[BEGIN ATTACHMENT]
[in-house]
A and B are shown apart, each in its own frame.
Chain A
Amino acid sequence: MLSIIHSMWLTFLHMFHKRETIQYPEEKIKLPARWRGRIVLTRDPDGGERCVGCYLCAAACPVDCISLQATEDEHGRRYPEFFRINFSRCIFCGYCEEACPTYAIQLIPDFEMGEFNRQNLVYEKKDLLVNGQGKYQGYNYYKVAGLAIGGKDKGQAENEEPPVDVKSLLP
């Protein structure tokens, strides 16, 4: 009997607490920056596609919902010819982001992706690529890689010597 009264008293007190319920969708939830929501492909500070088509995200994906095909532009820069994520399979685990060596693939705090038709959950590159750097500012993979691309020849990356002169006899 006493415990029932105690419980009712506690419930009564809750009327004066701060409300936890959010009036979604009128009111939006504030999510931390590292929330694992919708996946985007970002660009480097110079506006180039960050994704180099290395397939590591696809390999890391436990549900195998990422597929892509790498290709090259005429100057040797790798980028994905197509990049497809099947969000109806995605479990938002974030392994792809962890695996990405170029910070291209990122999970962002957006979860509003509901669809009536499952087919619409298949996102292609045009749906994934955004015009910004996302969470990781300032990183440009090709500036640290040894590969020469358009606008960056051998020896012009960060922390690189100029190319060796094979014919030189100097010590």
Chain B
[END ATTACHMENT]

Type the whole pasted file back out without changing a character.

[in-house]
A and B are shown apart, each in its own frame.
Chain A
Amino acid sequence: MLSIIHSMWLTFLHMFHKRETIQYPEEKIKLPARWRGRIVLTRDPDGGERCVGCYLCAAACPVDCISLQATEDEHGRRYPEFFRINFSRCIFCGYCEEACPTYAIQLIPDFEMGEFNRQNLVYEKKDLLVNGQGKYQGYNYYKVAGLAIGGKDKGQAENEEPPVDVKSLLP
């Protein structure tokens, strides 16, 4: 009997607490920056596609919902010819982001992706690529890689010597 009264008293007190319920969708939830929501492909500070088509995200994906095909532009820069994520399979685990060596693939705090038709959950590159750097500012993979691309020849990356002169006899 006493415990029932105690419980009712506690419930009564809750009327004066701060409300936890959010009036979604009128009111939006504030999510931390590292929330694992919708996946985007970002660009480097110079506006180039960050994704180099290395397939590591696809390999890391436990549900195998990422597929892509790498290709090259005429100057040797790798980028994905197509990049497809099947969000109806995605479990938002974030392994792809962890695996990405170029910070291209990122999970962002957006979860509003509901669809009536499952087919619409298949996102292609045009749906994934955004015009910004996302969470990781300032990183440009090709500036640290040894590969020469358009606008960056051998020896012009960060922390690189100029190319060796094979014919030189100097010590």
Chain B